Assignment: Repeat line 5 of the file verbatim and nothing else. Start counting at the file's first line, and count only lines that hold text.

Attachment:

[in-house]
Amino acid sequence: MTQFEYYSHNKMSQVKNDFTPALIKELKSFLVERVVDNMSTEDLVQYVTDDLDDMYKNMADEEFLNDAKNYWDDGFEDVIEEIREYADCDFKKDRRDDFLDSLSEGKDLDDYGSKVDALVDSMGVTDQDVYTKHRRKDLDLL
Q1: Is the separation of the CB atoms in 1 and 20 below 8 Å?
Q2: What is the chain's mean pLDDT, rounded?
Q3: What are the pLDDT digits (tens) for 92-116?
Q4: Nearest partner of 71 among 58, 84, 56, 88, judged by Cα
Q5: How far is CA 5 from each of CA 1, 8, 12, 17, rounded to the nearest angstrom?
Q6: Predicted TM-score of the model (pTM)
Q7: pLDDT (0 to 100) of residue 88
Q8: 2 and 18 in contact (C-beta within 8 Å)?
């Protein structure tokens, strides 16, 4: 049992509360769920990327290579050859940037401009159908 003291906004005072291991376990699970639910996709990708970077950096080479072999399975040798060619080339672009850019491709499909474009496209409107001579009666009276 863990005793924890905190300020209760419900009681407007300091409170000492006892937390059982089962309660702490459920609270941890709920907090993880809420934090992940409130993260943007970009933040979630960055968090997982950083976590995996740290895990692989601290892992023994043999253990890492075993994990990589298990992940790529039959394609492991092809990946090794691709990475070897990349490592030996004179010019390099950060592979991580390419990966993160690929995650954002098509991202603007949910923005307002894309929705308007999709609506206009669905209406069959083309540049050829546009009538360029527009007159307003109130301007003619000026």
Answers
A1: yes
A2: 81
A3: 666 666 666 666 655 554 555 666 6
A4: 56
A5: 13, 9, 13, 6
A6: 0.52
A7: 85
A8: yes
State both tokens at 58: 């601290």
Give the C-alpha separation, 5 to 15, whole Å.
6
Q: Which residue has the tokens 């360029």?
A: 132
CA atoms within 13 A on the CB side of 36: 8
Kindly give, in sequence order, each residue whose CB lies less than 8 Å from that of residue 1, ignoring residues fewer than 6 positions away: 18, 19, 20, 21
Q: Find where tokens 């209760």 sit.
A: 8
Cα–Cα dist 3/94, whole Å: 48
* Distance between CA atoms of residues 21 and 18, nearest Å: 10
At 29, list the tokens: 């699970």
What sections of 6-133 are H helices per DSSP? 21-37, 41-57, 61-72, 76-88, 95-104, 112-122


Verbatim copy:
Q3: What are the pLDDT digits (tens) for 92-116?